Mavroyiannis, who spent the last nine years as Cyprus’s top negotiator with the Turkish Cypriots, said any such move must be anticipated if the Greeks and Turkish Cypriots are to have any hope of being one country.
“Our reaction must be to insist that the UN Security Council expand the Famagusta dead zone to include the Karolou Stefani military base,” he said.
Extending that dead zone would put the base off limits to development and include it on land that would one day be returned to the Greek Cypriots.
What triggered the last crisis?
The Turkish Cypriot ultimatum to the UN came after September 16, when the United States lifted an embargo on arms sales to Cyprus, in place since 1987 to prevent further violence.
Two weeks later, Cyprus was included in the US National Guard State Partnership Program, which will allow Cypriot National Guardsmen to train with the New Jersey Army National Guard.
Turkey “strongly condemned” that deal.
“With this move, which goes beyond breaking the balance between the two sides of the island, the United States has evidently become biased,” Turkey’s foreign ministry said.
These developments came amid a US-Turkish relationship that has been deteriorating since Turkey bought S-400 surface-to-air missiles in 2016, a Russian sub-strategic weapon that the US says could be used to spy on the capabilities of their fighter planes.
Turkey refused to divest itself of the weapon and was barred from buying fifth-generation F-35 fighter-bombers. Until now, the US Congress has prohibited him from upgrading the F-16s he already owns.
“Turkey’s invasion of Cyprus in 1974 was a shocking attempt to redraw the borders in Europe after World War II. And to this day, Turkey’s invasion of Northern Cyprus must be seen for what it is: an illegal occupation that must end,” Senate Foreign Relations Committee Chairman Robert Menendez said in November 2019.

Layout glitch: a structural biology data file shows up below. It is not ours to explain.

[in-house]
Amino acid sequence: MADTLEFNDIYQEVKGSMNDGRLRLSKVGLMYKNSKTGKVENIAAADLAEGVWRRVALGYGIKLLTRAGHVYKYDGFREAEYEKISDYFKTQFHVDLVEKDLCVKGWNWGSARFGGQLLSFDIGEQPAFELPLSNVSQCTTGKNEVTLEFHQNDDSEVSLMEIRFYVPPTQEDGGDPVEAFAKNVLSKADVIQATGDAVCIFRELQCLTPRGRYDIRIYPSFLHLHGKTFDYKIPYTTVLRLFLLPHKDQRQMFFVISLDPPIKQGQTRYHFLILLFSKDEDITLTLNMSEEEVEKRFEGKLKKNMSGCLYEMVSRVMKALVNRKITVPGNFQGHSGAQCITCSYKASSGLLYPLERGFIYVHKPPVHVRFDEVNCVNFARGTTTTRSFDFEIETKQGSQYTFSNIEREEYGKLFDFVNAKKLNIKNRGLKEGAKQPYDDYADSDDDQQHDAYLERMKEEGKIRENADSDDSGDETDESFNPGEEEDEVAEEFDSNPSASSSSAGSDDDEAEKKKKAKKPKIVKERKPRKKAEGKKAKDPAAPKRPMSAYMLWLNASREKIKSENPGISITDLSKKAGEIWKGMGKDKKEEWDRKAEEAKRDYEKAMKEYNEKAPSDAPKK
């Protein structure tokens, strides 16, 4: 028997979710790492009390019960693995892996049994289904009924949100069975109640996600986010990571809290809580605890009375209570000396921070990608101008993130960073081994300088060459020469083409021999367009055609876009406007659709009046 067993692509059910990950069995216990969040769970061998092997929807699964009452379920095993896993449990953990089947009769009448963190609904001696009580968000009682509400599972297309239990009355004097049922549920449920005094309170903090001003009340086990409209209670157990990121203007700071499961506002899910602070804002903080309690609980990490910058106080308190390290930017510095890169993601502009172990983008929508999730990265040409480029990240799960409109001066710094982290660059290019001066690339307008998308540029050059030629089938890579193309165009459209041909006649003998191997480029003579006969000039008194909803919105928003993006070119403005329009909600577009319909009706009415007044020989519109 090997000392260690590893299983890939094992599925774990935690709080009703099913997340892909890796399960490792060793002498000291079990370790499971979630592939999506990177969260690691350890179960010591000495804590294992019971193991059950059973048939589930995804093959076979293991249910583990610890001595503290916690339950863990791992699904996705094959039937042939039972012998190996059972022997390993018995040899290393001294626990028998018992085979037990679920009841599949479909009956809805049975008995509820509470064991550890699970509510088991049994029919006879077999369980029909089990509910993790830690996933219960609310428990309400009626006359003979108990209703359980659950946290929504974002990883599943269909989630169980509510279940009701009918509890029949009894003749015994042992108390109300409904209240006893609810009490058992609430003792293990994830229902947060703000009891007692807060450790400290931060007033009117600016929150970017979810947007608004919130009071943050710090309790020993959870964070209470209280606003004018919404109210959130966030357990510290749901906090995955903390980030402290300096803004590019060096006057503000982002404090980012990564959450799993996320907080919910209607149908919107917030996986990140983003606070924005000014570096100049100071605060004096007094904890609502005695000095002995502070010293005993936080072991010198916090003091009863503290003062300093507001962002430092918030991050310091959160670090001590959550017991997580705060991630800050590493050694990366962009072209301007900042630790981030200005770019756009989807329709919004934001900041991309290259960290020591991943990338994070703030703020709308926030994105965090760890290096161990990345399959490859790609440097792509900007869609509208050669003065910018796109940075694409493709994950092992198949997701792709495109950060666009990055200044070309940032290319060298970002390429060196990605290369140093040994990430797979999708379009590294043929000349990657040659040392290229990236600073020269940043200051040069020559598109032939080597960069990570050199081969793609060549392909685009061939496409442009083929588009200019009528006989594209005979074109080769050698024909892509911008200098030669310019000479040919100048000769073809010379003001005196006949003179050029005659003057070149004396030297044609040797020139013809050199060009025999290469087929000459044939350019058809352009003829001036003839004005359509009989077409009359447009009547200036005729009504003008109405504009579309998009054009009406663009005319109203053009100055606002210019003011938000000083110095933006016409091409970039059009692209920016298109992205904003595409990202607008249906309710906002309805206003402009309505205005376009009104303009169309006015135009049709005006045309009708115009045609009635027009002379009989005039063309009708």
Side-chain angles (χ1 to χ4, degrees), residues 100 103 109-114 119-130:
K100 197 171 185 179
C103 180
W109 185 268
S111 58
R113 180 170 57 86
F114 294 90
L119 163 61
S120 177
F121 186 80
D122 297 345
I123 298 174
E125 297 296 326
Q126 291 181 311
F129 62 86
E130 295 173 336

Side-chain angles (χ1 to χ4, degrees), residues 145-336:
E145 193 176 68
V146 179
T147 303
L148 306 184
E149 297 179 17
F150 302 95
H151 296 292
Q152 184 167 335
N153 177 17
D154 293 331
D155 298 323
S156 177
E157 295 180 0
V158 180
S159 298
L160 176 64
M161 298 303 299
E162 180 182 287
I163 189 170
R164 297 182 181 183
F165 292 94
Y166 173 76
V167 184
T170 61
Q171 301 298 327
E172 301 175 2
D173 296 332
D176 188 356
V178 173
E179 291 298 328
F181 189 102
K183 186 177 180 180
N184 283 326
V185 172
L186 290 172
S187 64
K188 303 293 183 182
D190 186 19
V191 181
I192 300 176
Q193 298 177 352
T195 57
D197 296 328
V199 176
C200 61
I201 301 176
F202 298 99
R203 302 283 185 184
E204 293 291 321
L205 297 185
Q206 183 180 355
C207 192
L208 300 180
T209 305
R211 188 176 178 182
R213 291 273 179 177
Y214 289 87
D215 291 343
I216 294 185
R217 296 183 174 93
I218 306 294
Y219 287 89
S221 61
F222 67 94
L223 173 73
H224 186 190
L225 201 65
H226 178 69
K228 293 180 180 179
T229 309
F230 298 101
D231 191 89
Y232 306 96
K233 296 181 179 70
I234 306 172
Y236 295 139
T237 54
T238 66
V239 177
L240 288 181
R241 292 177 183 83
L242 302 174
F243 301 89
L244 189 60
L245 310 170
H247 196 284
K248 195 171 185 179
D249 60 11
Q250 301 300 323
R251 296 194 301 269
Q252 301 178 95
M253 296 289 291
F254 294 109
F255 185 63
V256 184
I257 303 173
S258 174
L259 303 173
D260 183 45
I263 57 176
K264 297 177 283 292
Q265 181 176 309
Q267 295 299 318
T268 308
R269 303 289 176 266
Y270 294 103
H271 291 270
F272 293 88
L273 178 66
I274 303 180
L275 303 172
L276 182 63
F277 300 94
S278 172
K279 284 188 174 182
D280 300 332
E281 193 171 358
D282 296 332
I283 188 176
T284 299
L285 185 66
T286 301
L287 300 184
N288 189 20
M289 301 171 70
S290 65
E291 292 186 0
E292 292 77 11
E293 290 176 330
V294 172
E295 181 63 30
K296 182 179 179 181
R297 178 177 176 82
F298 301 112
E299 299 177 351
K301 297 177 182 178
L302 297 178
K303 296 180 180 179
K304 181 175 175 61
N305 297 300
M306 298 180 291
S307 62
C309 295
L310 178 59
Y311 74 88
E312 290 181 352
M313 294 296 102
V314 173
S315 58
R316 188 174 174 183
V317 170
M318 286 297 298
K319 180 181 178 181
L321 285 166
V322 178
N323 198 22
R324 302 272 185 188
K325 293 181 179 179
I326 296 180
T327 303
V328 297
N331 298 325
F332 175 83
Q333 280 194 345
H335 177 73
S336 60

Improving the defenses
Cyprus has used this break in US-Turkish relations to improve its defenses.
Since 2020, it has held annual air and naval military exercises with Italy, France and Greece, and its defense minister, Haralambos Petridis, has said he plans to buy air defense systems. But Cyprus insists that its intentions are defensive.
“We never dream of capabilities that would allow anyone to say that we have an aggressive military posture,” Mavroyiannis told Al Jazeera. “At best, we want to have enough deterrent to incur a cost and buy time for the international community to react, so we’re talking about a short period of time.”
Ertugruloglu from Northern Cyprus told Al Jazeera that “Greek Cypriots are wasting their time, they are wasting their money… You can be sure that we will respond to your moves.
“Hopefully, they will be mature enough not to push their limits and not do something crazy,” he added.
If Northern Cyprus leader Ersin Tatar drives the UN out of its base and starts developing Famagusta, it will be as part of a broader US-Turkish standoff, Sözen said.
“[Tatar] he is a volunteer server from Turkey,” Sözen said. “He says: ‘I fully support Turkish interests, and without Turkey, I cannot take any action.’ Those actions, if he ever takes them, will not be his own autonomous actions, but probably tactics developed in Ankara that he is just implementing.”